Retail health continues to redraw healthcare landscape with big moves from CVS, Walmart
Amazon isn’t the only big player trying to shake up the traditional healthcare landscape with innovative partnerships in retail health. Over Labor Day weekend, two other notable names in the industry launched new efforts to expand their reach in a rapidly changing, value-based marketplace.
First, CVS beat out a number of rumored competitors to buy Signify Health, a home health company specializing in data-driven health risk assessments. The $6 billion acquisition will bring a network of nearly 10,000 clinicians and 2.5 million patients into the CVS fold, allowing for enhanced engagement with individuals needing coordinated care.
The purchase makes sense for CVS, which completed its $69 billion acquisition of Aetna in 2018. With the nation’s third-largest insurer in hand, CVS has a strong financial incentive to increase visibility into rising risks and get upstream of the social determinants of health that often contribute to poor outcomes for the elderly and chronically ill.
Signify Health will also contribute its strong presence in the accountable care organization (ACO) environment, which it gained after buying Caravan Health in March. According to the CVS press release, Signify Health’s ACOs generated more than $138 million in gross savings in 2021. The Aetna side of the business will likely see benefits from absorbing a cadre of established, successful ACOs serving nearly 700,000 members.
Retail health building alliances, and advantages
Walmart, too, is securing allies for its ongoing march into value-based care. The superstore-turned-health-center has announced the launch of a 10-year partnership with UnitedHealth Group, starting with access to analytics insights and continuing with a co-branded Medicare Advantage plan designed to attract senior shoppers.
The partnership is not very surprising, considering UnitedHealth and CVS have been traveling parallel tracks as they scoop up partners to create vertically integrated mega-providers.
Both UnitedHealth and CVS now manage major health plans, robust pharmacy services, and advanced analytics capabilities – and now the two companies are adding home health to their portfolios. In March, UnitedHealth’s Optum division initiated the process of acquiring home health provider LHC Group for just under $5.5 billion, no doubt with similar patient-centered goals in mind.
UnitedHealth’s link with Walmart will bring advantages to both parties involved in the deal. For Walmart, the alliance is a smart move to keep up with CVS, a rival in pharmacy services and the growing retail health space. Walmart will gain breadth, scale, and an entry point into the valuable Medicare Advantage market without laying out billions on direct acquisitions.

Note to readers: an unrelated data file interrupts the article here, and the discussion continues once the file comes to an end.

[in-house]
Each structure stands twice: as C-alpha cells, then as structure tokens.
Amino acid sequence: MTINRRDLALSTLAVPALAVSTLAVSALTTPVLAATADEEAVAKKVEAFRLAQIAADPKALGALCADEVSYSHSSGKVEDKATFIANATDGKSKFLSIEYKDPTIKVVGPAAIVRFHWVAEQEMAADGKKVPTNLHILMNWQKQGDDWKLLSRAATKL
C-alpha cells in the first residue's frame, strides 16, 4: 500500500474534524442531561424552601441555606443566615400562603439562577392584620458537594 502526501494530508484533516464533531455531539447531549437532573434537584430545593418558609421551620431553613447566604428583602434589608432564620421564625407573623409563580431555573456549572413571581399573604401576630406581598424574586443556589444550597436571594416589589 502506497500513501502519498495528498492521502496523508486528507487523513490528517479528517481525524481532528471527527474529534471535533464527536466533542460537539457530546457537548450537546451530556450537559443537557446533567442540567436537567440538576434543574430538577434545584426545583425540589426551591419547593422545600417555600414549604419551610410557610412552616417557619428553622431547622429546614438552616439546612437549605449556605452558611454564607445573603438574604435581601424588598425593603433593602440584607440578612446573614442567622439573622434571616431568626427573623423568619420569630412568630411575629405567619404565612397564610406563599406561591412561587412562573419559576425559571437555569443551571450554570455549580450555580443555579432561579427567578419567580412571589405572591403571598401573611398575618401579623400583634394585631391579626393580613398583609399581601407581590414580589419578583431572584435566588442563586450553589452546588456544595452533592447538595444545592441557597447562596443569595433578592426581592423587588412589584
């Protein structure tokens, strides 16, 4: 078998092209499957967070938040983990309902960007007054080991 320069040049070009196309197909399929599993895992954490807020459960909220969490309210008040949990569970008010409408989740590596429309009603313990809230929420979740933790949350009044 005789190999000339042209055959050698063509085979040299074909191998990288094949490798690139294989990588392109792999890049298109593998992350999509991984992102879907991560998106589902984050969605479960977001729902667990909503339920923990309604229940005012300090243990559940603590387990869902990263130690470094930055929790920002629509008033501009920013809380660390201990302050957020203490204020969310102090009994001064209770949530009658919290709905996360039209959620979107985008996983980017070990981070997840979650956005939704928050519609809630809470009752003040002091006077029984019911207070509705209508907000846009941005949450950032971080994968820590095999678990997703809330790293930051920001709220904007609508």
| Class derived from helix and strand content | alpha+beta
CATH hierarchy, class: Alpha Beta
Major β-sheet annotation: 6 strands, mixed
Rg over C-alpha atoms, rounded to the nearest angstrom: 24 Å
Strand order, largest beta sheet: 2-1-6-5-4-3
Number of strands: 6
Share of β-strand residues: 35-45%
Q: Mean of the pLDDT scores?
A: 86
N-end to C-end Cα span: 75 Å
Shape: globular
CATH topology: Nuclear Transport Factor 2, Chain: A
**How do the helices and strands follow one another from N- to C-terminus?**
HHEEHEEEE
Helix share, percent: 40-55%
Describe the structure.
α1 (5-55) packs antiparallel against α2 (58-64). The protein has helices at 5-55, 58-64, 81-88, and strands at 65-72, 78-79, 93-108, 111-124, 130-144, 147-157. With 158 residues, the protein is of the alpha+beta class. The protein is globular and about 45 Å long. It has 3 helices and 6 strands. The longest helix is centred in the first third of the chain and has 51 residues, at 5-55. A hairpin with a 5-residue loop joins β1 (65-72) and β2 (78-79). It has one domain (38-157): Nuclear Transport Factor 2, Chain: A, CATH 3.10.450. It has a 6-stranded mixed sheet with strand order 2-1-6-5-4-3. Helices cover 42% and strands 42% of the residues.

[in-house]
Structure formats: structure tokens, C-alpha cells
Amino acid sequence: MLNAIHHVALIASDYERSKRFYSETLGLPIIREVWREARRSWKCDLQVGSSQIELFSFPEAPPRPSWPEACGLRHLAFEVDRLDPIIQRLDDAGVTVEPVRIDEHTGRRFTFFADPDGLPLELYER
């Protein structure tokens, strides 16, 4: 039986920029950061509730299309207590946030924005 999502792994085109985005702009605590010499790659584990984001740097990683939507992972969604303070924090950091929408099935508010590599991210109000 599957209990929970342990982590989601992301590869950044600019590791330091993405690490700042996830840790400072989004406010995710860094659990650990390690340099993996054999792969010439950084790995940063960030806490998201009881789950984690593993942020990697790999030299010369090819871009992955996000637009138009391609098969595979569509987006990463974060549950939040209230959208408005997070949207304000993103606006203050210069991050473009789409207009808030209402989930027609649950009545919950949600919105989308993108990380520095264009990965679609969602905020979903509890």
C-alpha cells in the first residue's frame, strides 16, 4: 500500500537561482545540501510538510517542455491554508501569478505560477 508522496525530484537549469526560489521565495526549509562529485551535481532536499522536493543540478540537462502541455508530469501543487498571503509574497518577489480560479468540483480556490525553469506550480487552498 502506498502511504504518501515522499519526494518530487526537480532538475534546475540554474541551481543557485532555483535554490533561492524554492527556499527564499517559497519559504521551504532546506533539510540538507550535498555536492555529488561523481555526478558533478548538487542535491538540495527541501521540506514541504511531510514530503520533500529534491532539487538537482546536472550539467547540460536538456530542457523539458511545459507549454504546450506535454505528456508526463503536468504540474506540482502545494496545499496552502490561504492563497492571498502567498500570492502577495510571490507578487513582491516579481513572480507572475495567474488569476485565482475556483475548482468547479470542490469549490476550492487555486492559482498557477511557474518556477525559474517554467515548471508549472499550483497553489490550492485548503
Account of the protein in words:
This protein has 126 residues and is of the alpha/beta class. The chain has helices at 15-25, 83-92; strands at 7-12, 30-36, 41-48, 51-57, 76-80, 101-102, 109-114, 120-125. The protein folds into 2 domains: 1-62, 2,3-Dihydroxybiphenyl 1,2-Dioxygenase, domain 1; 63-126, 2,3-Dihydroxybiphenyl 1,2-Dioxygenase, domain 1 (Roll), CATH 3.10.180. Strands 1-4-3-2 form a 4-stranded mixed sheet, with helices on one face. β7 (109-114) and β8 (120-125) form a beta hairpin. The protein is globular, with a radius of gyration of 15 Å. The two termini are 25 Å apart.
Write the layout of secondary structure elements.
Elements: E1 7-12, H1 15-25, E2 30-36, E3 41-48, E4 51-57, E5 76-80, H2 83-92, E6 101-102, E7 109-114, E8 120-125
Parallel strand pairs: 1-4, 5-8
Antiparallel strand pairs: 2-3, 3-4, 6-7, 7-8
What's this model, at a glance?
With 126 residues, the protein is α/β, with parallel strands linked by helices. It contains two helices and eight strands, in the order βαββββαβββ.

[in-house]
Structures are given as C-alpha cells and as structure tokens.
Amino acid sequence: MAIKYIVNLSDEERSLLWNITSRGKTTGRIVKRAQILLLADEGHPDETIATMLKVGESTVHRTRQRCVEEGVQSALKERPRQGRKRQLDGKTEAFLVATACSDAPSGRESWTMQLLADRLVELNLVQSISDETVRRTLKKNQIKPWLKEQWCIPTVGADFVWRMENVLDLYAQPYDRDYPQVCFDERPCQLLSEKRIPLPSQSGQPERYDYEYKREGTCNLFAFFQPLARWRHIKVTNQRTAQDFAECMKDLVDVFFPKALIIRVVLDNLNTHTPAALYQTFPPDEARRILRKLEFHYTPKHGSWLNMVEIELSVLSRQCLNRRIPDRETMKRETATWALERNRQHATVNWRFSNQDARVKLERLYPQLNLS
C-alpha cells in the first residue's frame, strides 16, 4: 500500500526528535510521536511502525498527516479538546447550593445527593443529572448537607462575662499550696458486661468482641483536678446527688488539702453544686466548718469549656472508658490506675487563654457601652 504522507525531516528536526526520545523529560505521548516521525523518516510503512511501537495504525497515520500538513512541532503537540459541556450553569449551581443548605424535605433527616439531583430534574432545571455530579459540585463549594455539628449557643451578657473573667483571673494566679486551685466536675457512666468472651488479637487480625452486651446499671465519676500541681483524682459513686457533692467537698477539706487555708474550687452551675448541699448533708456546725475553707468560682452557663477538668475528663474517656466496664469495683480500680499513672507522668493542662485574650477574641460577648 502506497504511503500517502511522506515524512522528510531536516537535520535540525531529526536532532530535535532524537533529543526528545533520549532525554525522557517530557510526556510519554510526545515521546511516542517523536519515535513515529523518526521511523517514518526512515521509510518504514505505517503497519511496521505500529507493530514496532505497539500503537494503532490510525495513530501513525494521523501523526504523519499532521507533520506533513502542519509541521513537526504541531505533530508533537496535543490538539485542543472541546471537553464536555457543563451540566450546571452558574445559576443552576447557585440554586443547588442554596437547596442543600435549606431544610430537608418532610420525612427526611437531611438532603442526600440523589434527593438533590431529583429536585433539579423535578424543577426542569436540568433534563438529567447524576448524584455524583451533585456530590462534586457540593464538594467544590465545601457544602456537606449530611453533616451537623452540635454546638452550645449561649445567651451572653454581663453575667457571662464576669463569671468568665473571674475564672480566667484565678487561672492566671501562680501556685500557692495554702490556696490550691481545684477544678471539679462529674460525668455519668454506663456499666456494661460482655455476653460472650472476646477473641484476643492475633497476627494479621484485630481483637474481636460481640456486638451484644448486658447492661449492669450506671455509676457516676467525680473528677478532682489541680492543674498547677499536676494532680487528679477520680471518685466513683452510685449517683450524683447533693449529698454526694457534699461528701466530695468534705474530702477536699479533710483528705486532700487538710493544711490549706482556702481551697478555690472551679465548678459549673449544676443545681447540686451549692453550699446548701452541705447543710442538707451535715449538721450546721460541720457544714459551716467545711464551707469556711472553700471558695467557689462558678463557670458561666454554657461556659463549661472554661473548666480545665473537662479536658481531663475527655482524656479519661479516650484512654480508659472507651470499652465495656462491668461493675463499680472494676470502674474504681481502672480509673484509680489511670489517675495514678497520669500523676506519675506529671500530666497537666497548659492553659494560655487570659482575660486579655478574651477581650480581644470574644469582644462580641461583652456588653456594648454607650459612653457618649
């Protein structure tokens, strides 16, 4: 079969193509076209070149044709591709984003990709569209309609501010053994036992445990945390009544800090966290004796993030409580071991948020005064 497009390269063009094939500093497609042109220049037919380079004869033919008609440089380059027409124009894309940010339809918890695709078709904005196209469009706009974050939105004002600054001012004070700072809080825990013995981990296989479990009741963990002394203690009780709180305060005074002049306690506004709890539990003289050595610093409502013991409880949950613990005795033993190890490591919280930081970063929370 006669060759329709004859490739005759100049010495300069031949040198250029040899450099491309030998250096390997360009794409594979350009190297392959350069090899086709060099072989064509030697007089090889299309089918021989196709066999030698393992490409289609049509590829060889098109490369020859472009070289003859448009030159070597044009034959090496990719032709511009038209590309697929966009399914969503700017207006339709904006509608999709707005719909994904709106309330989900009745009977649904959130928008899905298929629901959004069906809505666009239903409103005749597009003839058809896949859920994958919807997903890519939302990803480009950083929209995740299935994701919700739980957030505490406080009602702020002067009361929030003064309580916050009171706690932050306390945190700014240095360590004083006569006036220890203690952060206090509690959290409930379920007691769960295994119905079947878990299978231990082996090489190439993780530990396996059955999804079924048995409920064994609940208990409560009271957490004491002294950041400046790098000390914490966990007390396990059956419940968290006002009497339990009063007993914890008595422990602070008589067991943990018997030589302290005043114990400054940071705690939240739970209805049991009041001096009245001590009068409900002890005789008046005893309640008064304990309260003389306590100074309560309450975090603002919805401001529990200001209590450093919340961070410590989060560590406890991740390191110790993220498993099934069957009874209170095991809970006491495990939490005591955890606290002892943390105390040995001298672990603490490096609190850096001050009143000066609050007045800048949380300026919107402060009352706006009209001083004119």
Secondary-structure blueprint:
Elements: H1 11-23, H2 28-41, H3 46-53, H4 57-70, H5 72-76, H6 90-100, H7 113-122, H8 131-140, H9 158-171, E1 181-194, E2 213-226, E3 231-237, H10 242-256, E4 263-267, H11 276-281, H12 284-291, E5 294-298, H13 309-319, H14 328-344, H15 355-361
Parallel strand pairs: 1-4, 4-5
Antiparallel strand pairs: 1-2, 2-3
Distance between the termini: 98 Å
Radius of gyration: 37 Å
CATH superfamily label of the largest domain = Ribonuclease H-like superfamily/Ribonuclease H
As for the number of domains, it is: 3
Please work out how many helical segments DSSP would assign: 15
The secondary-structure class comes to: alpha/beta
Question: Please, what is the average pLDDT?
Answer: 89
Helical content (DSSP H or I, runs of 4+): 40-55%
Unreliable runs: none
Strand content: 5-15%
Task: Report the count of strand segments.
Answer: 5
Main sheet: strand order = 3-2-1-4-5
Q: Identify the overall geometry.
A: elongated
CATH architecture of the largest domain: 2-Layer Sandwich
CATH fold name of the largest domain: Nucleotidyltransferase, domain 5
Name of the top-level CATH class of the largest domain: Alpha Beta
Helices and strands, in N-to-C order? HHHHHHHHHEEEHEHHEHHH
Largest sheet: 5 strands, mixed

Meanwhile, UnitedHealth gets access to the extensive brick-and-mortar presence that CVS already enjoys, as well as a dedicated pool of shoppers – many in rural areas – looking to simplify their healthcare experiences.
The machinations may be dizzying, but stakeholders in the traditional care environment will need to keep their heads when contemplating how to deal with increasingly powerful competitors able to lay out cash to scoop up any new service they need.
This type of consolidation is an ongoing trend across the industry, despite the fact that data consistently shows both vertical and horizontal consolidation drive up prices for consumers without necessarily improving outcomes for patients.
Combatting these effects on both costs and experiences will require smaller entities to make smart decisions about partnering with complementary services – much like the large players are doing, but on a more modest scale. Community-based organizations, mental and behavioral health providers, and technology solutions providers should be the initial targets of these efforts.
Providers should consider bulking up their digital infrastructure, including patient engagement technologies to simplify administrative interactions, remote care services to offer speedy access to clinical and mental healthcare, and provider-facing toolkits to reduce cognitive burdens and make it easier to develop meaningful, informed relationships with patients.
Shrewd repositioning will help independent practices and moderately sized health systems capitalize on the fact that many consumers still want high-quality, local, personalized care without having to align with a mega-corporation’s closed ecosystem.
The freedom of choice and the ability to shop for services based on price and quality remain extremely important to a large number of patients – as do the attention and empathy they receive from clinicians who know and understand their personal health journey.
As the big guys get even bigger, personalized care will become an important competitive differentiator for those on the other end of the spectrum. Eventually, the pendulum is likely to swing back against a constantly rotating series of one-and-done retail health care providers, particularly as an aging population seeks comfort and continuity in their care.
Finding the balance between digitally enabled convenience and human-centered experiences will be crucial for those that hope to survive in a world of giants, especially since the pace of massive mergers and acquisitions shows no signs of slowing down any time soon.
Jennifer Bresnick is a journalist and freelance content creator with a decade of experience in the health IT industry. Her work has focused on leveraging innovative technology tools to create value, improve health equity, and achieve the promises of the learning health system.